The law, in presence and absence, pervades all aspects of everyday life. All our actions and interactions, especially in relation to the State, are either in conformity with or in opposition to some legal code or framework. As a “counterpart of the unwritten”, the law gives us a useful way to understand tacitness: as something in opposition to that which is formal, codified. Whether one is in conformity or in opposition at a particular moment is also often the result of a tacit decision. Constructing a statement of the law and the city thus involves understanding the impact the law has on the lives of people in the city.
As I see it, this happens at two levels. At the macro level, what I call the “structural life of law” impacts how the law shapes structures, institutions and processes within which people live and interact. This could include, for a neighbourhood, its formal/informal status, its location in the master plan, zoning and land use, etc. These are engagements, the terms of which are set not by the individual, but usually by the state, and negotiated at some higher level of collective or community.
At the micro-level, what is termed as the “everyday life of law” impacts how people interact with the law (and the State) on a day-to-day basis. These interactions may be carried out within the framework of the law, or in conflict with it, or around it, or in an attempt to bypass it. For most people in informal spaces, such everyday interactions might be with the police, or administrative officials, who dangle the Damocles’ sword of their informality as a constant reminder (for example, the chai vendor on the roadside who has to provide free tea to police constables to secure her spot on the footpath). Gleaning out tacitness from these interactions will also involve analysing how people view the law, and the spaces that it creates.
One way of understanding this is to look at how norms are followed. Norms may be created through formal processes (law) or informally (social codes etc). Often, the two may exist simultaneously and in tension with each other. For example, hailing an auto-rickshaw in a city may involve a number of tacit assumptions. The fare meter and government mandated fares are one norm. But there may also be other social norms in this transaction, depending on the time of day, place etc: an implicit understanding that one will have to pay more to reach certain areas (“I won’t get passengers while returning”), an understanding of what constitutes a “fair fare” for a particular distance. The end result is sometimes a combination of the two (“one and a half meter fare” or “twenty rupees extra”).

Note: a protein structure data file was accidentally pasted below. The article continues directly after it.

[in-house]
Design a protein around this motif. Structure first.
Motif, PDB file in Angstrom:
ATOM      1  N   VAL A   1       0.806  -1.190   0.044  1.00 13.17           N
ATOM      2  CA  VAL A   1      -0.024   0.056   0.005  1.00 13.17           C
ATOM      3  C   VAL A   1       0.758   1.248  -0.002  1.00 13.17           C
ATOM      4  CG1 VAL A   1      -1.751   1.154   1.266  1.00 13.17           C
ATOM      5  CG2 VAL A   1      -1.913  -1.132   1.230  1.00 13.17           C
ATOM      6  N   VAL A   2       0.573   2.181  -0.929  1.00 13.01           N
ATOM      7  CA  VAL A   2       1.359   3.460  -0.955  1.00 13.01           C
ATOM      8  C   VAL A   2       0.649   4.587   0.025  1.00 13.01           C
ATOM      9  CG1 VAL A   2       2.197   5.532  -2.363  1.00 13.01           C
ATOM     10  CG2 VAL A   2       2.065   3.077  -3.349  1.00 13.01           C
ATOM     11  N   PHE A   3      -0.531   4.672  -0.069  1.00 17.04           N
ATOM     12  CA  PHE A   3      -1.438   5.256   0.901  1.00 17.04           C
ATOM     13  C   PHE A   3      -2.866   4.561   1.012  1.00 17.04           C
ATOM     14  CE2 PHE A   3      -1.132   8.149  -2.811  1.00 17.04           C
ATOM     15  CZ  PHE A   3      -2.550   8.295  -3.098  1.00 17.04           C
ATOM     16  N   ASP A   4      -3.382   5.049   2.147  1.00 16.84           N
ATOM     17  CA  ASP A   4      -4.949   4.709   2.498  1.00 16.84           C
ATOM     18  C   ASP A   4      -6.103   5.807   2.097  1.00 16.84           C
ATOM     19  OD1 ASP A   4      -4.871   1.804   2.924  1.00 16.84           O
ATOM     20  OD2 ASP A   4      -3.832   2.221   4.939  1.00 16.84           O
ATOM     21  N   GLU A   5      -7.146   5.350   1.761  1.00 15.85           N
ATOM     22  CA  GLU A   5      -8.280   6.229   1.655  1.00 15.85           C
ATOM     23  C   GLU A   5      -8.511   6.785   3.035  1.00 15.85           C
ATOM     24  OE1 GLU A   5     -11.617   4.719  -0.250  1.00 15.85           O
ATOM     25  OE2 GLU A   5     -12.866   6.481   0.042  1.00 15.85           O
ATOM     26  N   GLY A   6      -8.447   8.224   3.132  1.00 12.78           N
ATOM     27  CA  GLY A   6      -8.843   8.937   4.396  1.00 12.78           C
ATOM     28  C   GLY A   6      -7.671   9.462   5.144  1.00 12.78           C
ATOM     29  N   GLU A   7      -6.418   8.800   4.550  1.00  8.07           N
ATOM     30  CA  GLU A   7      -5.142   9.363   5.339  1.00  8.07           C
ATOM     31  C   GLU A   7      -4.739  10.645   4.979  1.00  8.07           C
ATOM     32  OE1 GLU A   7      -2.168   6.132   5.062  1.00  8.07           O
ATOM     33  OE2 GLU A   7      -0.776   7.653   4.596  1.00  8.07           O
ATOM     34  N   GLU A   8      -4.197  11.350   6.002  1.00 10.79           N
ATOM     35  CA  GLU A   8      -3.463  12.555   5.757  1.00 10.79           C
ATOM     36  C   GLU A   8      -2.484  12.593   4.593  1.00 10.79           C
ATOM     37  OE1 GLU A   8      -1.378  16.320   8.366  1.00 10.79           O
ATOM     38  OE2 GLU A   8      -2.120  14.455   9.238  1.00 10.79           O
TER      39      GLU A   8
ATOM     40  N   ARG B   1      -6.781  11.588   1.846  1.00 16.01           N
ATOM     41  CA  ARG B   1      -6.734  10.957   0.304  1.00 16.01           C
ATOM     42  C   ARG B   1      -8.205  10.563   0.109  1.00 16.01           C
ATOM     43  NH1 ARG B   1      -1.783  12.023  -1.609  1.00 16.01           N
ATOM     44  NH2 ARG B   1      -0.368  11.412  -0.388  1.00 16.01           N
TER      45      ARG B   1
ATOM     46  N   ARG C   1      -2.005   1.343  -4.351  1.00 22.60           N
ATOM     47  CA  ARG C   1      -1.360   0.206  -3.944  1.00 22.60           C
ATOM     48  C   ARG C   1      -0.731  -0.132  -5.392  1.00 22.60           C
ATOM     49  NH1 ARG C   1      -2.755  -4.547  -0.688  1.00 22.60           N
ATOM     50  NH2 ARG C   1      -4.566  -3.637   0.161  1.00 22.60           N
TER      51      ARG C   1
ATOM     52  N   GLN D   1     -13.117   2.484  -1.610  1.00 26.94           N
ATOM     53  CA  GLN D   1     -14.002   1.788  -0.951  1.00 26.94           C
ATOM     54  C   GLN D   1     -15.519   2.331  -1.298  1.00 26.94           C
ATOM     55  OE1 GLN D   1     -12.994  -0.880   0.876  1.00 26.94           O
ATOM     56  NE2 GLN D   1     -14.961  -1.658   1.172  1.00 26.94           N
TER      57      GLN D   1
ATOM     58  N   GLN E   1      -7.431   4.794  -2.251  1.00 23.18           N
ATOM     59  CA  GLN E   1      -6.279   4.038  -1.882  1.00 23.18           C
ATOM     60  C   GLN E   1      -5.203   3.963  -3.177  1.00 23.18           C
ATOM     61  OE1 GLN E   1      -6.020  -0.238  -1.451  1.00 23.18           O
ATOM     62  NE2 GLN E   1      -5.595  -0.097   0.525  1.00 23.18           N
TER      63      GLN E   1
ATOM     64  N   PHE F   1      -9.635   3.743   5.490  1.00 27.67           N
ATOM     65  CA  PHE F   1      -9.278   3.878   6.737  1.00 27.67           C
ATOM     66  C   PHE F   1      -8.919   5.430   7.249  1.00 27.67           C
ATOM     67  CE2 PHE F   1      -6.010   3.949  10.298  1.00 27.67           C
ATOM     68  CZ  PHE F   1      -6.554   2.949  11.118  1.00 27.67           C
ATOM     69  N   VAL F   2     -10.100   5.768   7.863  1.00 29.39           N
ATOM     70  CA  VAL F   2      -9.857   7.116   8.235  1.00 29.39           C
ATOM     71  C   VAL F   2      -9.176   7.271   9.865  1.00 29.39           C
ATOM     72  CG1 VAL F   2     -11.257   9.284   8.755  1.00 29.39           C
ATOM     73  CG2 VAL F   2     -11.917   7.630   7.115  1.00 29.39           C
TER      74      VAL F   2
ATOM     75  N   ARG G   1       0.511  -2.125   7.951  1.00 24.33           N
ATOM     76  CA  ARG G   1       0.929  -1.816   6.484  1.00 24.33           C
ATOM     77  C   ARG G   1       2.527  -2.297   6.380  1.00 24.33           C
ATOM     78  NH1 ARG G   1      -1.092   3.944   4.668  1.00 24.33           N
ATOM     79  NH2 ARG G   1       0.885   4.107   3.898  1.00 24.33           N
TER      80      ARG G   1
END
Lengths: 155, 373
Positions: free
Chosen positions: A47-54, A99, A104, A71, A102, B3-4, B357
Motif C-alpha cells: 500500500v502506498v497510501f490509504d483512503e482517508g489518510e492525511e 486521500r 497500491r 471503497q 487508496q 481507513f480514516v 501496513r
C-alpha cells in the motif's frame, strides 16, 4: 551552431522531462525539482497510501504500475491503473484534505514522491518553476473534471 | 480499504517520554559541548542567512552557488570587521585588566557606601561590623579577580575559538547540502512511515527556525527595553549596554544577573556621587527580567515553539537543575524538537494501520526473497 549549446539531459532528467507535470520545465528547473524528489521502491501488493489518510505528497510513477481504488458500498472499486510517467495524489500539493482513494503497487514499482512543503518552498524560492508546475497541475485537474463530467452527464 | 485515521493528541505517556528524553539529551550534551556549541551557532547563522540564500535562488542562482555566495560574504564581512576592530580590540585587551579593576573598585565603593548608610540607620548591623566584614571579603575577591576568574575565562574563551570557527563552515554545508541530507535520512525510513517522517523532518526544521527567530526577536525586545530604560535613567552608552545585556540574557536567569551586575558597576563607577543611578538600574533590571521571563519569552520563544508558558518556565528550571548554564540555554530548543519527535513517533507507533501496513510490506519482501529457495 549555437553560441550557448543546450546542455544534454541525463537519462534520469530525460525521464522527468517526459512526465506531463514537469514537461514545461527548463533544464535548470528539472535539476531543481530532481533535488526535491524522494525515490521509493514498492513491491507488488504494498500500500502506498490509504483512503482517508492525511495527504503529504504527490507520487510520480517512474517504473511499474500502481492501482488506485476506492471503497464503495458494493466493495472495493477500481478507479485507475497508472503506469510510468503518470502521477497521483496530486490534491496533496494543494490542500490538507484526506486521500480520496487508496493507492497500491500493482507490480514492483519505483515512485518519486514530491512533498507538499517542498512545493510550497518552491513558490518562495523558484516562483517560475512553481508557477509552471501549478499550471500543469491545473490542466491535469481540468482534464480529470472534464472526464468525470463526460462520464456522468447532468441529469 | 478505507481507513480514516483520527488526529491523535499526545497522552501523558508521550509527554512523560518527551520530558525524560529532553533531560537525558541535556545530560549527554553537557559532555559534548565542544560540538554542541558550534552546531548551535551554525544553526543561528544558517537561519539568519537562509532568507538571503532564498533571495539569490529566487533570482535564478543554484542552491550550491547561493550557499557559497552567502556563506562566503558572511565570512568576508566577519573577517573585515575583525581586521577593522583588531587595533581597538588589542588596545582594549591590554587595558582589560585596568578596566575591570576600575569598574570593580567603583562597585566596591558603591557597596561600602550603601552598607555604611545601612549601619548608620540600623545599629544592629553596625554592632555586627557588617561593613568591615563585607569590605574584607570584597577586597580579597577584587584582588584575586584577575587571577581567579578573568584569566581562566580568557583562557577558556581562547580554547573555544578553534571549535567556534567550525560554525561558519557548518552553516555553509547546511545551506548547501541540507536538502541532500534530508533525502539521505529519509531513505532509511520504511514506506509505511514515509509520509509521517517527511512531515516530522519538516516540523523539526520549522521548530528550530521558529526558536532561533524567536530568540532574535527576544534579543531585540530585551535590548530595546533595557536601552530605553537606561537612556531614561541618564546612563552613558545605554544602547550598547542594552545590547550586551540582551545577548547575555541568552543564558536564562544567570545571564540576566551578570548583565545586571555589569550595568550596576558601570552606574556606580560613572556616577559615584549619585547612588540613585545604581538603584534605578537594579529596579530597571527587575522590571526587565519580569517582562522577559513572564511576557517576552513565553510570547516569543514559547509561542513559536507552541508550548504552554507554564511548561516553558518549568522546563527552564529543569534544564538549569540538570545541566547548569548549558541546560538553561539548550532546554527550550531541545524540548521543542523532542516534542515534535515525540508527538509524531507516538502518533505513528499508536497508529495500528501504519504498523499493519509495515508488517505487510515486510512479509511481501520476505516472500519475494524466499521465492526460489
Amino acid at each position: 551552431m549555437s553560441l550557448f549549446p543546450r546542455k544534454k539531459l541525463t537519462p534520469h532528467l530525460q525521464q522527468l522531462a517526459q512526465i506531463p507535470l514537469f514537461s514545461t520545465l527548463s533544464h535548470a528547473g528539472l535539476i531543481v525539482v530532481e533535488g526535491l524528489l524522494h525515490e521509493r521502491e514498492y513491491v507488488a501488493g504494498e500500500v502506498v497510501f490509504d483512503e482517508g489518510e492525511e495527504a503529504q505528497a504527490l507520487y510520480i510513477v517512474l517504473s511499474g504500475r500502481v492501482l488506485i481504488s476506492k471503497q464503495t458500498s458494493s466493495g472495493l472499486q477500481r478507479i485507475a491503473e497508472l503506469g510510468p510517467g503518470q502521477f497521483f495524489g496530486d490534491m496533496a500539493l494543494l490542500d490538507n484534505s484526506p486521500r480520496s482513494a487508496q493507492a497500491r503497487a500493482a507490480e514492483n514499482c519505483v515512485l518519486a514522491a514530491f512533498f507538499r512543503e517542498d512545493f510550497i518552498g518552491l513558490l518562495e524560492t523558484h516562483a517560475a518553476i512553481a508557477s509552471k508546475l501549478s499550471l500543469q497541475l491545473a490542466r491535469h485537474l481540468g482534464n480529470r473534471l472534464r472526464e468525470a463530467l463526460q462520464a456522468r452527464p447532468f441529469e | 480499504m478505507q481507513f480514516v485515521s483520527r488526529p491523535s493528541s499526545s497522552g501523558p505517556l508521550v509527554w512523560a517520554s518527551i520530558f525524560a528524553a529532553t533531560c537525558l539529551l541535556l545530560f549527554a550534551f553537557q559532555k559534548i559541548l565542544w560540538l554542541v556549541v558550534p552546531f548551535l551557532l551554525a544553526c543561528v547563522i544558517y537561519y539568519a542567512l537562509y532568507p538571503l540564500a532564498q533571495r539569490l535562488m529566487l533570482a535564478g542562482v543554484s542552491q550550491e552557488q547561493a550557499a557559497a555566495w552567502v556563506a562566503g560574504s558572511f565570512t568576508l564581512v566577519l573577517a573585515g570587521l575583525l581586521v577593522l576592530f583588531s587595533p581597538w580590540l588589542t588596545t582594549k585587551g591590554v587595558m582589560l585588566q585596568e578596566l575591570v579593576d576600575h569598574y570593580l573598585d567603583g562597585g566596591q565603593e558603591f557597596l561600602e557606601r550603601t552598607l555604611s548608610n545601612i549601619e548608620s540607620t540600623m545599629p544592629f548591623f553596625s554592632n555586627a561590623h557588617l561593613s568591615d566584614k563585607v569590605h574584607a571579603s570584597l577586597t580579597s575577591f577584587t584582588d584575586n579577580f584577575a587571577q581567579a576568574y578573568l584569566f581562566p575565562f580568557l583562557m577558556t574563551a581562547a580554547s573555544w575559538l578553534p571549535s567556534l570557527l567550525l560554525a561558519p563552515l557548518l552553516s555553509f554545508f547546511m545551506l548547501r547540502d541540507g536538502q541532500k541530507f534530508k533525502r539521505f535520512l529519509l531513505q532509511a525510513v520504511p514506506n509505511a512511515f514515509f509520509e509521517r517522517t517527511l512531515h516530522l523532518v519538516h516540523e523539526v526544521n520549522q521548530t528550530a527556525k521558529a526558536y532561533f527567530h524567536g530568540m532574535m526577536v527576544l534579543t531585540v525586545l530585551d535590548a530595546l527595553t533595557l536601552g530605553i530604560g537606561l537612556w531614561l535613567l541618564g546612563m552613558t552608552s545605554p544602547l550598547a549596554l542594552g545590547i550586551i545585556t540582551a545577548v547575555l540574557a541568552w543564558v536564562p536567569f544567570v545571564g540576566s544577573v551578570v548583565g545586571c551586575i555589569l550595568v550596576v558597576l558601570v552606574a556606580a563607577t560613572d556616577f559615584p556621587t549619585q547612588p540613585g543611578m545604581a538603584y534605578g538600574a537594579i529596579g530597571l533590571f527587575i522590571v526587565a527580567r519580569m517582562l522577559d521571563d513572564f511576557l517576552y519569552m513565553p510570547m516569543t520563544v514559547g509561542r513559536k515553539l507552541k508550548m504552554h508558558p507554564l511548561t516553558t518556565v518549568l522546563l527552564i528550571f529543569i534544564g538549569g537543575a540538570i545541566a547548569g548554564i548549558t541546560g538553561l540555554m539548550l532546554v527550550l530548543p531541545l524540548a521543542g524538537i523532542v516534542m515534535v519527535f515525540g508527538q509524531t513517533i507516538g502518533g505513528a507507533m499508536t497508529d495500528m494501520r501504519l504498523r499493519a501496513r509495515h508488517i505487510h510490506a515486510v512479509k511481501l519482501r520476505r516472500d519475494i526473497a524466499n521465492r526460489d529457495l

Codification sometimes may change these processes. For example, street vendors ran a long movement for legal protection for their activities, as a result of which Parliament passed the Street Vendors Act in 2014. While the Act addresses the demands of street vendors’ associations for legal protection and recognition, it also creates additional entry barriers by privileging existing vendors over new ones. What does being “legal” mean in these situations, to the people who are made “legal”, as well as to those who are not? And the question of how something becomes “legal” is beyond just the text of the law as passed in Parliament or the State legislatures. An array of written legal and administrative instruments such as rules, bylaws, and circulars are used to regulate spaces and people.
Informality has thus constructed a version of law: for instance, Delhi streets have boards stating that they are “zero tolerance zones” for traffic offences. Implicit in this is the understanding that the law is impossible to enforce in its entirety at all times, and that in places that are not marked as these zones, the law and its enforcers will “look away” until something catastrophic happens. These boards provide both signals to the general public: explicitly, that they must endeavour to comply with the law in these spaces, but also tacitly, that they need not do so fully, or “let their guard down,” elsewhere.
The two levels of inquiry (viz. the structural and the everyday) are also linked, as the question of how the law constitutes a place (and how a place then deals with the law in its various manifestations) is related to when do people who otherwise “evade” the law, see it fit to actually invoke it? For example, residents in an informal settlement are unlikely to approach the police by default and rely on internal dispute resolution mechanisms (such as community elders) instead. This is because they themselves are cognizant of their precarious existence in the eyes of the law, and that any engagement with authority might “increase their visibility” to the State and put them at further risk (of eviction, for instance). In what circumstances, then, do they see it fit to actually step out and invoke the protection of the State, and through what means?